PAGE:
Fullscreen, the multichannel network with some of YouTube's best known stars, will launch an over-the-top pay channel on April 26. To some degree, it takes on YouTube’s newish Red channel at what it does.
The new over-the-top subscription channel will be commercial free, and possibly the biggest, brightest chance to see if digital stars have the horsepower to make it on their own.
They probably do, at least to the degree Fullscreen has to be a success to finance their efforts. YouTube Red and Vessel already offer a wide array of what-do-call-it?--digital pop culture--content. Mostly, they operate as a conduit for creators and not the creative hub itself.
Fullscreen seems to be breaking a little ground with that, a small studio (by studio standards) stepping out on its own.
It’s hard to imagine it will fall flat on its face. Fullscreen is now majority owned by Otter Media, the company co-owned by the Chernin Group and AT&T. Peter Chernin, the former News Corp. executive, and AT&T with its newly acquired DirecTV and mobile service, bring a lot of scale and expertise.
Chernin floated the subscription channel last year before YouTube Red and NBC’s all-comedy Seeso OTT services began. Fullscreen comes with roster of digital programs and stars that reach more than a half billion subscribers, most of them millennials or younger.
One problem it may have is that virtually none of them could identify Fullscreen, which as an MCN is basically anonymous.
To ask young users to plunk down the $4.99 monthly subscription fee might be a bit of a task--doubters said the same about YouTube Red. But it’s not really that huge: If Fullscreen’s 75,00 creators can’t spread the word, then they are pretty unworthy influencers.
Watching a promo reel Fullscreen uploaded to YouTube today, you get the idea they have the guns.
“Where people get you and you get them” is one of Fullscreen’s slogans and it speaks to its audience of young people, the way the old WB network once did on TV. Indeed, reruns of WB’s hit “Dawson’s Creek” will show up on Fullscreen, which angles itself as a mobile offering, like Seeso and Verizon’s Go90, but will work fine with laptops, too.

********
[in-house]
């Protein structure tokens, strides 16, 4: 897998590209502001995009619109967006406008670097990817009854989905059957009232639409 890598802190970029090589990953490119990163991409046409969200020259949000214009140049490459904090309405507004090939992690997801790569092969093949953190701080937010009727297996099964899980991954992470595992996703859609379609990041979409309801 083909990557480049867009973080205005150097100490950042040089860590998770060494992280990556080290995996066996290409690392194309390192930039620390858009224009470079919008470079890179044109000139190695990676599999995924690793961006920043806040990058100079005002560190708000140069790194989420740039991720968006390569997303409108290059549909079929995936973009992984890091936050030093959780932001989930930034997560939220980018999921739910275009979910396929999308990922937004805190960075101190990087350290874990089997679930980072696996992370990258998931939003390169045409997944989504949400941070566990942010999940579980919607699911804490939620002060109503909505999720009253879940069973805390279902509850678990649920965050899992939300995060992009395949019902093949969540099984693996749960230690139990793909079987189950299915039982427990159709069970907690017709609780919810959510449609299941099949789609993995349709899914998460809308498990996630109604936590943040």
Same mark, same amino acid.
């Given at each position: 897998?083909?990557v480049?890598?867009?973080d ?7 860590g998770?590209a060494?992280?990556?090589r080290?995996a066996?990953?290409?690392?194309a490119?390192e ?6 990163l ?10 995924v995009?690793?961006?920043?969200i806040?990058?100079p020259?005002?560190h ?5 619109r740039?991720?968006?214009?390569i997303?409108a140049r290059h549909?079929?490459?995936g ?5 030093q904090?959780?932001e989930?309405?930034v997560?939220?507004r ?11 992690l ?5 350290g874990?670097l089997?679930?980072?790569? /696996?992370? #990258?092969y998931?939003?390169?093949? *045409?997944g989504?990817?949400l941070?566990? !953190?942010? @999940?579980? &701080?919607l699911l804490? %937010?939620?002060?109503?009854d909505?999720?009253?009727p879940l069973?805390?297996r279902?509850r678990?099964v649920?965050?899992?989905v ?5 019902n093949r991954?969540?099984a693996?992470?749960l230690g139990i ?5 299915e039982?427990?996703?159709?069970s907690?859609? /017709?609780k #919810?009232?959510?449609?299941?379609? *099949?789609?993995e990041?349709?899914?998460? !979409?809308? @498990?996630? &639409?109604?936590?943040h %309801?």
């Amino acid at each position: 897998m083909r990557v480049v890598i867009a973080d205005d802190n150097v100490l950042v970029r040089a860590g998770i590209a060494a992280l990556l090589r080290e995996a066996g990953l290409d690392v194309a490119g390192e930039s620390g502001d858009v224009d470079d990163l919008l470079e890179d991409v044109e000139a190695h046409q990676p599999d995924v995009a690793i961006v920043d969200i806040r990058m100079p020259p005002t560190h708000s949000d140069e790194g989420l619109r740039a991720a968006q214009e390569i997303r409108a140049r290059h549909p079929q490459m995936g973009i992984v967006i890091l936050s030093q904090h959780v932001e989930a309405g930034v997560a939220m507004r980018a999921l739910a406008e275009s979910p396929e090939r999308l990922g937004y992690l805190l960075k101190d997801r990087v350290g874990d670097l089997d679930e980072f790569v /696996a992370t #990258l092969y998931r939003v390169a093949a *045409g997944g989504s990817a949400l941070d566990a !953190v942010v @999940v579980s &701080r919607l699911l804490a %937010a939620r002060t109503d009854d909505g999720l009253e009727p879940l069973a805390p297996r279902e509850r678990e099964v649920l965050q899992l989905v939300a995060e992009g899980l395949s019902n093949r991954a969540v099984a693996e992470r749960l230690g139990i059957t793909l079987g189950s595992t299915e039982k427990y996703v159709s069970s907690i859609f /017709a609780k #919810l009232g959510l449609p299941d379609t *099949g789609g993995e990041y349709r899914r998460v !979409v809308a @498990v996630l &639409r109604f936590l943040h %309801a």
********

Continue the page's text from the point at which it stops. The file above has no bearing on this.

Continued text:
Fullscreen’s CEO, George Strompolos makes the better analogy to MTV.
“If you were to relaunch a network like MTV today, how would you do it? You would probably do it in an over-the-top environment,” he told TechCrunch. “You would probably do it with the new generation of creators who have captured the hearts and minds of the youth, and you would probably deliver it in a mobile-first experience. And that’s what we put together.”
Fullscreen will be leaning on a roster of YouTubers that are about as well known as anybody that stars on that platform, but especially Grace Helbig, The Fine Bros and Jack & Dean. A Fullscreen centerpiece seems to be “Electra-Woman & Dyna Girl,” a Sid and Marty Krofft update staring Helbig and her bestie, Hannah Hart.
If nothing else. Fullscreen might be vivid proof of the lure YouTube stars have on younger demos. It might also be another dagger into the heart of commercial-driven content. It’s not like advertising-supported content is going away but with Amazon, Netflix and others, millions of viewers won’t have much use for email@example.com